Non-Violence and the French Revolution: Political Demonstrations in Paris, 1787–1795

Etukansi
Cambridge University Press, 23.10.2014
Historians of the French Revolution have traditionally emphasised the centrality of violence to revolutionary protest. However, Micah Alpaugh reveals instead the surprising prevalence of non-violent tactics to demonstrate that much of the popular action taken in revolutionary Paris was not in fact violent. Tracing the origins of the political demonstration to the French Revolutionary period, he reveals how Parisian protesters typically tried to avoid violence, conducting campaigns predominantly through peaceful marches, petitions, banquets and mass-meetings, which only rarely escalated to physical force in their stand-offs with authorities. Out of over 750 events, no more than twelve percent appear to have resulted in physical violence at any stage. Rewriting the political history of the people of Paris, Non-Violence and the French Revolution sheds new light on our understanding of Revolutionary France to show that revolutionary sans-culottes played a pivotal role in developing the democratically oriented protest techniques still used today.
 

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Sisältö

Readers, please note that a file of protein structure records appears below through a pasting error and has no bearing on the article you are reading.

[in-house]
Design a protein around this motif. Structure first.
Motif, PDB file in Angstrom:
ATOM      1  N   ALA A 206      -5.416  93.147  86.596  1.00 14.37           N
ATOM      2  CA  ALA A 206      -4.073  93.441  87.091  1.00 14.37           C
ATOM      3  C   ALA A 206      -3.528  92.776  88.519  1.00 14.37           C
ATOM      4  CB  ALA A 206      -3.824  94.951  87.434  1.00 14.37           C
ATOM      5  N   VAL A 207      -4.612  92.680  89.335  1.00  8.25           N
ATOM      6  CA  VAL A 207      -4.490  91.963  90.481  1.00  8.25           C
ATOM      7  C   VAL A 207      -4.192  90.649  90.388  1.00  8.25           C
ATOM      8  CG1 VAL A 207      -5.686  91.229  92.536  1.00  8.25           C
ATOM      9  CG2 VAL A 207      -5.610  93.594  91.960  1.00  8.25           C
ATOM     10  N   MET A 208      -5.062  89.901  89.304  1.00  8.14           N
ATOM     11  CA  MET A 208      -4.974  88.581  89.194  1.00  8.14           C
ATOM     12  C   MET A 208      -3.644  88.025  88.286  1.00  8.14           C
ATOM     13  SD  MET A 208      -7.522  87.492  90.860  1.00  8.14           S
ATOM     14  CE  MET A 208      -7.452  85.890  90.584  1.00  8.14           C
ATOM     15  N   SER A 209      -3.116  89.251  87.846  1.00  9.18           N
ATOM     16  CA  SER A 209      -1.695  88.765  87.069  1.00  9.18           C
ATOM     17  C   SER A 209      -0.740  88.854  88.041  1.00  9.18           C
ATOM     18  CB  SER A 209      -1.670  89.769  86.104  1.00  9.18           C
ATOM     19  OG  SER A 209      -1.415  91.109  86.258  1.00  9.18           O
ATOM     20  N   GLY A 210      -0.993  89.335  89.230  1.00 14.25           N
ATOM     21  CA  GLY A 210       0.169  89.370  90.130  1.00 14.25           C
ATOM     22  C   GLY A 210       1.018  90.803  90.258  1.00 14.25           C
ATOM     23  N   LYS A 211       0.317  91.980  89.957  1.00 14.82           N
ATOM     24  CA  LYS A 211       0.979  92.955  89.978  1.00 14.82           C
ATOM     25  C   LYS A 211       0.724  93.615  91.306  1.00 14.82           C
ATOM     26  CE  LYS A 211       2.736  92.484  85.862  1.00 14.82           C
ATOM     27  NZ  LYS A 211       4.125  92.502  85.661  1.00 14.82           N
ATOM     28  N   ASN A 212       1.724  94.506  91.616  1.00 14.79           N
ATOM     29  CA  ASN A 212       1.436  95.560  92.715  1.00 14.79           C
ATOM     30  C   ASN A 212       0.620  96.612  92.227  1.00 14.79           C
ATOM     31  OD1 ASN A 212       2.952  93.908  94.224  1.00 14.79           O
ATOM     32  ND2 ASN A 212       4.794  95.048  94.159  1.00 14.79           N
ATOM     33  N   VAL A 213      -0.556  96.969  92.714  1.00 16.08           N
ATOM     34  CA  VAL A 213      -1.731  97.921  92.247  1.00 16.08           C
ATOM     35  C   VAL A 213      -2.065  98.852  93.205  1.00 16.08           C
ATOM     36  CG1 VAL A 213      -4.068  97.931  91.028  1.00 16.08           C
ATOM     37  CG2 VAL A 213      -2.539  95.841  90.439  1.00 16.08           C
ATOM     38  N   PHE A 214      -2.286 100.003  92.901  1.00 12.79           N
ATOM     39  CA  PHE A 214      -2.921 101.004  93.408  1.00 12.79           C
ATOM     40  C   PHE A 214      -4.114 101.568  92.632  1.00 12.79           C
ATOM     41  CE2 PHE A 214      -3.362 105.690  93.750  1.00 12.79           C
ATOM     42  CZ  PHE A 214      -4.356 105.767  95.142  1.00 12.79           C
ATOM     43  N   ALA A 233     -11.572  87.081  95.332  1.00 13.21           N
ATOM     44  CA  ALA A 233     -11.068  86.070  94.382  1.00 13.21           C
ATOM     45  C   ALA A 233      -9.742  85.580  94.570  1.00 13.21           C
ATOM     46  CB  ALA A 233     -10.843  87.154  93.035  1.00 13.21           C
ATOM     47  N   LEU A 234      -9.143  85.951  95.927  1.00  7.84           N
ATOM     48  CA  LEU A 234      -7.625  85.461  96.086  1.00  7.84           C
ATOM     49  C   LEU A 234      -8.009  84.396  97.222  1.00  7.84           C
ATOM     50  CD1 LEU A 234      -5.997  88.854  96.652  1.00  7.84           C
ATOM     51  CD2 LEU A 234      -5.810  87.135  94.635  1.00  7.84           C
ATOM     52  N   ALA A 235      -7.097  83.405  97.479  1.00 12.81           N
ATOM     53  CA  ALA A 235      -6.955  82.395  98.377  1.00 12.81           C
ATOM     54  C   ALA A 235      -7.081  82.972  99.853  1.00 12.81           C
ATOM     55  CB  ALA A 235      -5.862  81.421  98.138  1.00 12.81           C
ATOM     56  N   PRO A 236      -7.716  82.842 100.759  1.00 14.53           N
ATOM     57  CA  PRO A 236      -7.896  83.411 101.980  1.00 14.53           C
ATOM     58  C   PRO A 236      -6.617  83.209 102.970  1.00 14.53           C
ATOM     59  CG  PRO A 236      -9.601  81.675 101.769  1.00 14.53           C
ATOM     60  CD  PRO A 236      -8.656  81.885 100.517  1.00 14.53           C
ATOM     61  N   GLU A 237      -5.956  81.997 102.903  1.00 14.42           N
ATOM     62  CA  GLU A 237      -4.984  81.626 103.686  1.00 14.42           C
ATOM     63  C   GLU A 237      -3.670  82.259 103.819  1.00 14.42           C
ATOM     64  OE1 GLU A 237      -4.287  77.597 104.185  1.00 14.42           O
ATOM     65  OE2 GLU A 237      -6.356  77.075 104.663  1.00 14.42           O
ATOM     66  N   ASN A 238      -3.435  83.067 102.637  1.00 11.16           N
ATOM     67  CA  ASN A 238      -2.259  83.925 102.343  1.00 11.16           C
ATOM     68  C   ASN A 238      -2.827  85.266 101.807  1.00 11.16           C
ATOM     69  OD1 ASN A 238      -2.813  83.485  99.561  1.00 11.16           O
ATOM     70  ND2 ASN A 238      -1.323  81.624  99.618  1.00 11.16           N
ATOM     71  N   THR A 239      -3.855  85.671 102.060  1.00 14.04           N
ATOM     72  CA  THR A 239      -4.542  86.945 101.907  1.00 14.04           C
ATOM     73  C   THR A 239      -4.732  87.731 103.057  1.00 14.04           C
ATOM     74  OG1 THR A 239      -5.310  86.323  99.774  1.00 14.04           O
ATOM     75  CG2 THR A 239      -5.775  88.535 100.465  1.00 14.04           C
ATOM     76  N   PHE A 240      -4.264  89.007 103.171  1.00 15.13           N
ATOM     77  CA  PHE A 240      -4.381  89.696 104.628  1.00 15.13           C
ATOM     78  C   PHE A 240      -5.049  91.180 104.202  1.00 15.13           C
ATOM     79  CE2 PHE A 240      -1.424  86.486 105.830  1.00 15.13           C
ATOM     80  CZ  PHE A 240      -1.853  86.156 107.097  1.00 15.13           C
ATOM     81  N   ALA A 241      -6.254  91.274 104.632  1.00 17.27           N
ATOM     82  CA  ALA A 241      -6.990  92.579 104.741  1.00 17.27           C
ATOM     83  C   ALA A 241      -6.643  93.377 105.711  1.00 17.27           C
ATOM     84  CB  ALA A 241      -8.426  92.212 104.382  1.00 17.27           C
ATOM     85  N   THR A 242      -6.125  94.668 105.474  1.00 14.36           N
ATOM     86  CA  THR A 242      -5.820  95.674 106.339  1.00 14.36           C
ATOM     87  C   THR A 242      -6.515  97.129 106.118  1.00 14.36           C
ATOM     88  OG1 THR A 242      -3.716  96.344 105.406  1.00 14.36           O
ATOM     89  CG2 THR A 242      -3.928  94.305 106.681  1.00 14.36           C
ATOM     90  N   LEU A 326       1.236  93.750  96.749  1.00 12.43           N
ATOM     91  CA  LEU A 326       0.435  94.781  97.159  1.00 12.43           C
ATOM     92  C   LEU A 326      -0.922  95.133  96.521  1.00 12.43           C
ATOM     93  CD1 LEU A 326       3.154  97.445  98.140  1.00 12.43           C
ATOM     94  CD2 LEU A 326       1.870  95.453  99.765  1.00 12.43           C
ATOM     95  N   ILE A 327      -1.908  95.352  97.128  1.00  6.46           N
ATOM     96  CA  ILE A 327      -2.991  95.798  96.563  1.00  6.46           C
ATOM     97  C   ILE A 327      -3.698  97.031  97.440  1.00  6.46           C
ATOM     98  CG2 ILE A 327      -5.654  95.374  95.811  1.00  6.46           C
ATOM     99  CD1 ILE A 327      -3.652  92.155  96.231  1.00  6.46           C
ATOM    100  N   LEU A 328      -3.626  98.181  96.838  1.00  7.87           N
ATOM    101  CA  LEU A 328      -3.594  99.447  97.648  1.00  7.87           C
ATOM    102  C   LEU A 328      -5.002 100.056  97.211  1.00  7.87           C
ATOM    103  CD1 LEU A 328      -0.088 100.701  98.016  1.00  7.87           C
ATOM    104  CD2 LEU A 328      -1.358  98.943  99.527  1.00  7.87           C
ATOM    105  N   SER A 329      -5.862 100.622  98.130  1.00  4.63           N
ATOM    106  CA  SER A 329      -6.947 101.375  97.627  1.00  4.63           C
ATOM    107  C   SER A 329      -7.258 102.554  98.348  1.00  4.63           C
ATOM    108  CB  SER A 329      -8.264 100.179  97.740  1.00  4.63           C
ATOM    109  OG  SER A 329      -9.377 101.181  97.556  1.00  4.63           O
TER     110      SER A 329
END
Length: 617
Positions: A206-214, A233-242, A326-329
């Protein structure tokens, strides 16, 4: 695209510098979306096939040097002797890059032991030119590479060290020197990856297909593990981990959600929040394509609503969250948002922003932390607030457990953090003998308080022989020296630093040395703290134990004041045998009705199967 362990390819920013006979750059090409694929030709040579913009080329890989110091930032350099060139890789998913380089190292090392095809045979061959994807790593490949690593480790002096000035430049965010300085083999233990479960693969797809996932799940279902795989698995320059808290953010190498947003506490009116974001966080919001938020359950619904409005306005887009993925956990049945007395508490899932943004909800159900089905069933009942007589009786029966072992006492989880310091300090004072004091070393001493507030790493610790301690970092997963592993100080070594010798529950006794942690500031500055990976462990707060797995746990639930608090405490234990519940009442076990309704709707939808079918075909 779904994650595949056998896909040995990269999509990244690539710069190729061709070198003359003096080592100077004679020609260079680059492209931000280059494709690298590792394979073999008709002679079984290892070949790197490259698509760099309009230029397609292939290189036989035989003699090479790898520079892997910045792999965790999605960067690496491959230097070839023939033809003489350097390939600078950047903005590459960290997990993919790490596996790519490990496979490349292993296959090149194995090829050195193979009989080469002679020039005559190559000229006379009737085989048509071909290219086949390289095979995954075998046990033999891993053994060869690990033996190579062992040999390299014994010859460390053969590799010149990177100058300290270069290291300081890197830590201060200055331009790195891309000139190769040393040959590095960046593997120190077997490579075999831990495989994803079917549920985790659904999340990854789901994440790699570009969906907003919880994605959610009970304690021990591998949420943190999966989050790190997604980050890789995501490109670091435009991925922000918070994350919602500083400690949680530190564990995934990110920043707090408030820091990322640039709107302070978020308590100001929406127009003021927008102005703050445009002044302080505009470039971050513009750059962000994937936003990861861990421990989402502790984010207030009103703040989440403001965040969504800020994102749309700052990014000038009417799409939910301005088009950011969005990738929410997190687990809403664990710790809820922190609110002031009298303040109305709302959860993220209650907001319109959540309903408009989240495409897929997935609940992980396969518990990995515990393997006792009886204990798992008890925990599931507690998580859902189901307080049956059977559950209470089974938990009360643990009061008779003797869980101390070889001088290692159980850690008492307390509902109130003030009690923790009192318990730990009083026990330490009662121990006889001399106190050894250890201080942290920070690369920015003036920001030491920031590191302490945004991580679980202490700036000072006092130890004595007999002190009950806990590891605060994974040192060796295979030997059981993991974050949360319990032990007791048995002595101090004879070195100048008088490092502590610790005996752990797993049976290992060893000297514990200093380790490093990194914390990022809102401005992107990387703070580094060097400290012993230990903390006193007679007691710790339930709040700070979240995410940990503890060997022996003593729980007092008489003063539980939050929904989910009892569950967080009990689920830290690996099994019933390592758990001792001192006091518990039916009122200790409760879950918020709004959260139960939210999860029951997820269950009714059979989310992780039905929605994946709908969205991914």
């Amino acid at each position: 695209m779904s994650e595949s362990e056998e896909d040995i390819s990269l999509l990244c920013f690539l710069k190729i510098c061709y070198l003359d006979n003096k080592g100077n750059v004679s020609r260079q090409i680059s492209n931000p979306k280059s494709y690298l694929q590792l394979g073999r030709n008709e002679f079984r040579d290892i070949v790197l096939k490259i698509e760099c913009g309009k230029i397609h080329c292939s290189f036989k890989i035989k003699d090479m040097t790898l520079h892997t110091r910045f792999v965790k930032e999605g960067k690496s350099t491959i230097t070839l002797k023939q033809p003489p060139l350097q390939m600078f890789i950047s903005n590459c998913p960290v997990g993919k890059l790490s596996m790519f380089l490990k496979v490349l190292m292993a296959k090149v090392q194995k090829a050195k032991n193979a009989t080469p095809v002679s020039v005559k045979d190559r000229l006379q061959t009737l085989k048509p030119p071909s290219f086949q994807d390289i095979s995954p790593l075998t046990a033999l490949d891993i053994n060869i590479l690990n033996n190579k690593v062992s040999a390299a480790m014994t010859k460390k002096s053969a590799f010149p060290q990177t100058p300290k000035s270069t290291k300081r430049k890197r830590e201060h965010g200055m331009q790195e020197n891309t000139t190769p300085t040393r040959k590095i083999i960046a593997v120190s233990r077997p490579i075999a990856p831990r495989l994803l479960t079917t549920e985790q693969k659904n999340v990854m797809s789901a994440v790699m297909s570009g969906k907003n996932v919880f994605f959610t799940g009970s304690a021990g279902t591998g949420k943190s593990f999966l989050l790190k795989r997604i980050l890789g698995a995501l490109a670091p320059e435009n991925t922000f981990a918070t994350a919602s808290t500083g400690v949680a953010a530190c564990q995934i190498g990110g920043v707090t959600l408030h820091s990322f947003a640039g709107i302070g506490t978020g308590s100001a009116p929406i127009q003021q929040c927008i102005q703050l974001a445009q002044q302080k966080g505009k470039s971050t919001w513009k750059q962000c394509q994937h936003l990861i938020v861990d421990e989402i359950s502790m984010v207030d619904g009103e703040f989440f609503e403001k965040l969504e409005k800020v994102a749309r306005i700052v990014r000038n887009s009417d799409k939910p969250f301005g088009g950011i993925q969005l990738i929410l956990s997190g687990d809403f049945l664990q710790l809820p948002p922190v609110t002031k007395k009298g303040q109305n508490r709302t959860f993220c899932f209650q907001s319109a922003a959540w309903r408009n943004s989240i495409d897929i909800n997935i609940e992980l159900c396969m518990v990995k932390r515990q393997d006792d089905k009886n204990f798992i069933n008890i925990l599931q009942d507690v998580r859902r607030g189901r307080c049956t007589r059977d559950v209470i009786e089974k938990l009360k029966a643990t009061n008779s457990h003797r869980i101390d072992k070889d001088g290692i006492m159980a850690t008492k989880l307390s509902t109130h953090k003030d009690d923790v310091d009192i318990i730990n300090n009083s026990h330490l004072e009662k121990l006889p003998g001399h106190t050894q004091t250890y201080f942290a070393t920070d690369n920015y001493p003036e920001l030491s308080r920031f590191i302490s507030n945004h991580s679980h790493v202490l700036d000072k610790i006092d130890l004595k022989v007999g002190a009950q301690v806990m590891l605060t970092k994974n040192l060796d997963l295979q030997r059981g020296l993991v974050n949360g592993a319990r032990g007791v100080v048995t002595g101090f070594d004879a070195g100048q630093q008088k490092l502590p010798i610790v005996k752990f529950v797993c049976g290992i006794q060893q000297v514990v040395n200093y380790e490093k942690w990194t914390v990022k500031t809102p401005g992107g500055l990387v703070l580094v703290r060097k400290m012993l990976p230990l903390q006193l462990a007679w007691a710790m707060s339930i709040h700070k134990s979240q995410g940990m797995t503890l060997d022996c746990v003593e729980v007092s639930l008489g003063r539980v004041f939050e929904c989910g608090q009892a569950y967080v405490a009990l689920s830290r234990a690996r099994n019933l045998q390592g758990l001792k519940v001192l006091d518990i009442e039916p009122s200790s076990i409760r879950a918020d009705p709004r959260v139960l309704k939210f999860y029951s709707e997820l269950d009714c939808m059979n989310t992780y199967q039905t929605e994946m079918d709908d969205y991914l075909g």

Marching in Paris from the Old Regime
24
Political demonstrations and the politics
48
From rapprochement to radicalism 17901791
75
War collaborative protest and the 1792
101
Fraternal protest in a time of terror
128
Reasserting collective action 17941795
156
Moderate and conservative marches
179
Parisian protests 17871795
211
Bibliography
253
Index
282
Tekijänoikeudet

Muita painoksia - Näytä kaikki

Yleiset termit ja lausekkeet

Tietoja kirjoittajasta (2014)

Micah Alpaugh is Assistant Professor of History at the University of Central Missouri, after also having taught at the University of Pennsylvania, Mount Allison University and University of California, Irvine. Winner of a national dissertation award from French Historical Studies, he has also published articles in the Journal of Social History, French History, Annales historiques de la Rvolution franaise, and European History Quarterly.

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